1 in 3 British Jews have considered emigrating over anti-Semitism, survey finds


(JTA) — Nearly a third of British Jews said they have considered leaving the United Kingdom over the past two years due to anti-Semitism.

The findings are part of a report published Sunday by the Campaign Against Antisemitism watchdog group and the YouGov market research company.

In interviews conducted in 2016 and 2017 with a combined sample of 7,156 respondents, 37 percent said they have been concealing in public signs that would indicate that they are Jewish.

Fifty-nine percent of the respondents since 2015 said they feel welcome in the United Kingdom; 17 percent said they feel unwelcome. Another 39 percent of respondents from 2015 onward said they trust justice authorities to prosecute perpetrators of anti-Semitic hate crimes.

Three-quarters of those interviewed said they feel that recent political events have resulted in increased hostility toward Jews. Since 2015, 80 percent of respondents said they believe that the Labour Party is harboring anti-Semites in its ranks.

In 2015, Jeremy Corbyn, a far-left politician who in 2009 called Hezbollah and Hamas his “friends,” was elected to lead Labour. Corbyn has been accused of allowing anti-Semitism to grow among the many thousands of supporters who joined the party in support of his policies.

Corbyn has denied this claim, vowing to punish anyone who is found initiating or participating in hate speech. Dozens of members were expelled from Labour under Corbyn as part of this policy. However, several Labour members who were accused of anti-Semitic hate speech were readmitted or let off with suspensions or reprimands, including former London Mayor Ken Livingstone, who repeatedly said last year that Adolf Hitler was a Zionist.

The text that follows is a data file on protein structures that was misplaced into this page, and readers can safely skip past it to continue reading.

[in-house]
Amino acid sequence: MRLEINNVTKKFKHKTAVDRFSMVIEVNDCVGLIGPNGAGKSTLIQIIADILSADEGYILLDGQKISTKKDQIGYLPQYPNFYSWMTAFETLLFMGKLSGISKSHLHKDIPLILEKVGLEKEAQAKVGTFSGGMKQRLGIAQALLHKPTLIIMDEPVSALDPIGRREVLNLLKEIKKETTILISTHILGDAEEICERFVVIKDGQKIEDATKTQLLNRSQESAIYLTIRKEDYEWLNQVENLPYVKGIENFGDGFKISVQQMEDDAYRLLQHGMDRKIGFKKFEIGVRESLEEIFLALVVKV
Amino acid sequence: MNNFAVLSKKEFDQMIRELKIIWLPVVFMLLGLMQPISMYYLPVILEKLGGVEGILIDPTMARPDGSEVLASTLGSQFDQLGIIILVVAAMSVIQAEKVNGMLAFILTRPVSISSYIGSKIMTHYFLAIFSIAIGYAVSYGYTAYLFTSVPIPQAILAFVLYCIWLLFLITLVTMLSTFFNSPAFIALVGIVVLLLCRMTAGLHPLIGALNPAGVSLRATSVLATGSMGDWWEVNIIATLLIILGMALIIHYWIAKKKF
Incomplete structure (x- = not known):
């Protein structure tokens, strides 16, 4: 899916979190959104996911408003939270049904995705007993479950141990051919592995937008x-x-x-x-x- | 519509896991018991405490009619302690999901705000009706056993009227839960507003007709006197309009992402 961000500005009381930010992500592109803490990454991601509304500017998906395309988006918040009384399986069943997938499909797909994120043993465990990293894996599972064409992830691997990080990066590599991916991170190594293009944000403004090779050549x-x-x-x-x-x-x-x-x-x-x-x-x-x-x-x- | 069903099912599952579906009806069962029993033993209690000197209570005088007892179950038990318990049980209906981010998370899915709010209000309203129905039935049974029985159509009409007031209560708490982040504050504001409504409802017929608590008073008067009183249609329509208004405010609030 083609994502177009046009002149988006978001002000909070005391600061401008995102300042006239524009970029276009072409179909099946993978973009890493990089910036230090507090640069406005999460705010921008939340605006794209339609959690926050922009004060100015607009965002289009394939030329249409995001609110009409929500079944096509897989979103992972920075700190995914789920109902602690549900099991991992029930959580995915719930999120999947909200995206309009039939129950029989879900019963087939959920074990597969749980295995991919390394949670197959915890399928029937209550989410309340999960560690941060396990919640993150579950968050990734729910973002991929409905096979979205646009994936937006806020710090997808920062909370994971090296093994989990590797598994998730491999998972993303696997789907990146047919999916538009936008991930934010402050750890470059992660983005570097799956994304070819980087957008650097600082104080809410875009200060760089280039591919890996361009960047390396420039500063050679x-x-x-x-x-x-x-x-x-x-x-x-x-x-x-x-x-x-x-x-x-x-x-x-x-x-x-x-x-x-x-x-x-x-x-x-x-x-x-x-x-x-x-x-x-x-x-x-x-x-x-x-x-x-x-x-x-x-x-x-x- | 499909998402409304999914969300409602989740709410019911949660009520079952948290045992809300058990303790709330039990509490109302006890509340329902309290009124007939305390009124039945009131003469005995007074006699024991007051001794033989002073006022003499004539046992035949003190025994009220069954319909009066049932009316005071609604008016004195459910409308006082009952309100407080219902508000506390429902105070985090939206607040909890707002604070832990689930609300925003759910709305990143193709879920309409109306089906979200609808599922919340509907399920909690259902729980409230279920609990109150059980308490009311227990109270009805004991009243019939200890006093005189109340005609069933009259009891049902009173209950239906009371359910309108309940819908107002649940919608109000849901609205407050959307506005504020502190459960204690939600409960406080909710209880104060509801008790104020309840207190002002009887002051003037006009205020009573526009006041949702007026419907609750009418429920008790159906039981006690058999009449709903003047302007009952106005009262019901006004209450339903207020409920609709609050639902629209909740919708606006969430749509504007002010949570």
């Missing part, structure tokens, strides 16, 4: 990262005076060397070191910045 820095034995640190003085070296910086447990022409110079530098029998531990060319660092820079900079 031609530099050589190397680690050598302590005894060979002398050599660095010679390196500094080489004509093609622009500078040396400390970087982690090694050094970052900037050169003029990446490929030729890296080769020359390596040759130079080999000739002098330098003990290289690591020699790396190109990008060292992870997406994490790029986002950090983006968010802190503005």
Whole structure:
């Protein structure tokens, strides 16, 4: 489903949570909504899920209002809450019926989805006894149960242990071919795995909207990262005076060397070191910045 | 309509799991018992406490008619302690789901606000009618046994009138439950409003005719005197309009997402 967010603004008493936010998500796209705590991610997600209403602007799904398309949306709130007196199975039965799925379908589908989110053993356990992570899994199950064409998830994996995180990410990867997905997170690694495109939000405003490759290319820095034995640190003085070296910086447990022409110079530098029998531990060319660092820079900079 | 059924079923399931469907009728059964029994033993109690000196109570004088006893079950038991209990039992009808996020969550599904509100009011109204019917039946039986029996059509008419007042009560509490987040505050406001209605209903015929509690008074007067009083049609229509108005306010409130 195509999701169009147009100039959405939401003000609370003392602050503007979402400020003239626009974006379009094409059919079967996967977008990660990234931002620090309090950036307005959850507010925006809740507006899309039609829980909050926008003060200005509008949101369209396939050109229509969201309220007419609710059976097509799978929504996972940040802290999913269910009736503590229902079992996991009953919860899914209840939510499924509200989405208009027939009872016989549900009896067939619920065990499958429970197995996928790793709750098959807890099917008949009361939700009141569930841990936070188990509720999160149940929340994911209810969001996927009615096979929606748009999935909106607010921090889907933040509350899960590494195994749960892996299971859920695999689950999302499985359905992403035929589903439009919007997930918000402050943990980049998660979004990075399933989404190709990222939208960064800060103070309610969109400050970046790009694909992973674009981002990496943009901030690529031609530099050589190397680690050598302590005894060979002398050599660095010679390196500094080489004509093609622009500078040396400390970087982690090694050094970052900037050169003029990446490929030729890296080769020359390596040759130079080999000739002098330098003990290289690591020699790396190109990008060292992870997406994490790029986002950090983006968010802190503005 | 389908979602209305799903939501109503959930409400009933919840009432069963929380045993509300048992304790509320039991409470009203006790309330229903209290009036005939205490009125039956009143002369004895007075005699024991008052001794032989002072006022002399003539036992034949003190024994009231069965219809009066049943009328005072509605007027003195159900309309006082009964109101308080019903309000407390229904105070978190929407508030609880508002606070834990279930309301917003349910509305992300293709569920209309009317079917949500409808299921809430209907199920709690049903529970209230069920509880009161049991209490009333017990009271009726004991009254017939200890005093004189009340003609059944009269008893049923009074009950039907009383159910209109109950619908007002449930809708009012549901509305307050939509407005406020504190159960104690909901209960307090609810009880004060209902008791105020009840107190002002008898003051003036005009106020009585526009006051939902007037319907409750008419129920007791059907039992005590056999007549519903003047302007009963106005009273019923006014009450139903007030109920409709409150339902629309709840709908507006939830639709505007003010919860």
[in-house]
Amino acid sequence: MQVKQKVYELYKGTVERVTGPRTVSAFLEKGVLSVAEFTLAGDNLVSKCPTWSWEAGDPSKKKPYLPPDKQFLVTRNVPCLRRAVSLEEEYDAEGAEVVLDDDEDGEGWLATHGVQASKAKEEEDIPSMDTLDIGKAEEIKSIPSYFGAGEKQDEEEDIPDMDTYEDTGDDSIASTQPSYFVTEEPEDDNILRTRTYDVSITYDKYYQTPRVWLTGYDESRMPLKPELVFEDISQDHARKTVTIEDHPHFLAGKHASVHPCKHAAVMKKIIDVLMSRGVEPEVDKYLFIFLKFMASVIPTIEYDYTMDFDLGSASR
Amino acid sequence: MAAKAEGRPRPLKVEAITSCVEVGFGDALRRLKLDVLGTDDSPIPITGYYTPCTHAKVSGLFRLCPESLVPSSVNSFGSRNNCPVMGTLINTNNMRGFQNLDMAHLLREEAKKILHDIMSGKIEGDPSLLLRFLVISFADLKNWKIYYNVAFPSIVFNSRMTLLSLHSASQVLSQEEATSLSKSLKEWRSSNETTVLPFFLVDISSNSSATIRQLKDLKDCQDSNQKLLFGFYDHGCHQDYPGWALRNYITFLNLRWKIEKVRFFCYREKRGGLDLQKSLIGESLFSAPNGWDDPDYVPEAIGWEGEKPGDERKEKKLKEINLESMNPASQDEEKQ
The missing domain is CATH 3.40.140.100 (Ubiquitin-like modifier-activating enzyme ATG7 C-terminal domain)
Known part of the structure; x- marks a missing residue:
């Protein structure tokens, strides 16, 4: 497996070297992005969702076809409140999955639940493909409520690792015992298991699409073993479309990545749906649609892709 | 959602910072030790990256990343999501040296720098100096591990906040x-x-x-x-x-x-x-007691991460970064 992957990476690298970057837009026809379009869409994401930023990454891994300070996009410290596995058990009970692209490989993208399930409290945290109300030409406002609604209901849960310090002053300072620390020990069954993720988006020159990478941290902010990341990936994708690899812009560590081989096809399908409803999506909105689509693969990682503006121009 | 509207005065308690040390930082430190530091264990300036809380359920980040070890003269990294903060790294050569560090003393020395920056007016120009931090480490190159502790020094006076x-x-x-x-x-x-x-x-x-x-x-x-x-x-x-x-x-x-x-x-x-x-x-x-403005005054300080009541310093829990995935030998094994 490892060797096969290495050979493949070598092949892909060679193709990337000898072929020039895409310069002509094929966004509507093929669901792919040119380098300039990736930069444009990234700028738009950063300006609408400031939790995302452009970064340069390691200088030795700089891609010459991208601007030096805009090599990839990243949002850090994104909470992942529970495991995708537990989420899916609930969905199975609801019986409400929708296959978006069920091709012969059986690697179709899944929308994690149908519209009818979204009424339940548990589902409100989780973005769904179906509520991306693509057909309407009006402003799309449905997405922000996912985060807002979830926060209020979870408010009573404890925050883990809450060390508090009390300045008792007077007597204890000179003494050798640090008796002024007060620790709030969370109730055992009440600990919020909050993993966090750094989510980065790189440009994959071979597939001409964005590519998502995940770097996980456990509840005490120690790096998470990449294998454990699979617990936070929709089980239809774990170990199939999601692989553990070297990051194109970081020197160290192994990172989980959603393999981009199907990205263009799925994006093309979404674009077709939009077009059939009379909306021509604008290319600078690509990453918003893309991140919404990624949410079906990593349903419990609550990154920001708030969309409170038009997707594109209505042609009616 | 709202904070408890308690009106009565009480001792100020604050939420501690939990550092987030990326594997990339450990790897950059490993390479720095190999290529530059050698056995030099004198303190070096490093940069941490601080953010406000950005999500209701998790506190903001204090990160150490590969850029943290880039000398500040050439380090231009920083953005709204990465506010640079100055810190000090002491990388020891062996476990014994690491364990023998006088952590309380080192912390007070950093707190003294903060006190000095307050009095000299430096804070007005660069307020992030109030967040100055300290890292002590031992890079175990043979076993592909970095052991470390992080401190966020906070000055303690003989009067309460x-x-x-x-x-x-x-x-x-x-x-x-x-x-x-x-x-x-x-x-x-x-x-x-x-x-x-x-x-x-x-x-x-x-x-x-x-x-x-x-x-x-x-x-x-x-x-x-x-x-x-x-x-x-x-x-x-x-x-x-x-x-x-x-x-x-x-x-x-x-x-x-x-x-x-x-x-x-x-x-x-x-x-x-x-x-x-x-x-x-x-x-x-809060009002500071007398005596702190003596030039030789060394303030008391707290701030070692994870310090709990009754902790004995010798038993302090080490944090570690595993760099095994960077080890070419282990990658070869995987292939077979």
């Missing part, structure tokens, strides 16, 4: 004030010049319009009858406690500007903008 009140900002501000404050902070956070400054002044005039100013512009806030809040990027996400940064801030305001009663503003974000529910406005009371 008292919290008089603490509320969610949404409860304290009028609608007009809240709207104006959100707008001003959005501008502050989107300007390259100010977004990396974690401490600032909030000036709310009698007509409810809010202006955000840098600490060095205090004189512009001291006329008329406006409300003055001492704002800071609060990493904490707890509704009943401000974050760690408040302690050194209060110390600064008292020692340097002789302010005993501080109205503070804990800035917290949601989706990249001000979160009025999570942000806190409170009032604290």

On Aug. 15, the Campaign Against Antisemitism protested the selection of Luke Cresswell, a local politician who wrote online that “Moses must be proud” of supposed “genocide” by Israel, as a Labour candidate.

The survey’s respondents said they considered Islamist anti-Semitism “to be the threat that concerned them the most, and that rapidly rising hate crime targeting Jews was not being tackled by the authorities,” Campaign Against Antisemitism wrote.

The Jewish community of the United Kingdom recorded 767 anti-Semitic attacks in the first half of 2017 — the highest figure recorded within six months since monitoring began in 1984. In February, the Community Security Trust watchdog reported a record 1,309 incidents in 2016, constituting a 36 percent increase over the 2015 tally.

Among the respondents who told the Campaign Against Antisemitism that they were considering leaving Britain was a daughter of the late mayor of Birmingham, Harold Blumenthal. The daughter, Mandy, “is now making preparations to leave Britain due to mounting anti-Semitism in politics and anti-Semitic crime, and the failure to tackle it,” the group said in a statement about their report.

The Campaign Against Antisemitism called on the government to urgently implement the group’s past recommendations, including specific training and guidance on anti-Semitic hate crime for officers and prosecutors.

The 2016 National Antisemitic Crime Audit registered a total of 1,078 anti-Semitic crimes, including 105 that were violent. Only one of the violent crimes was prosecuted, according to the audit. In total, only 15 cases were prosecuted, leading to the conviction of 17 suspects.

Political parties were encouraged by the Campaign Against Antisemitism in its report to adopt the government’s definition of anti-Semitism, which cites vitriolic hate speech against Israel as an expression.

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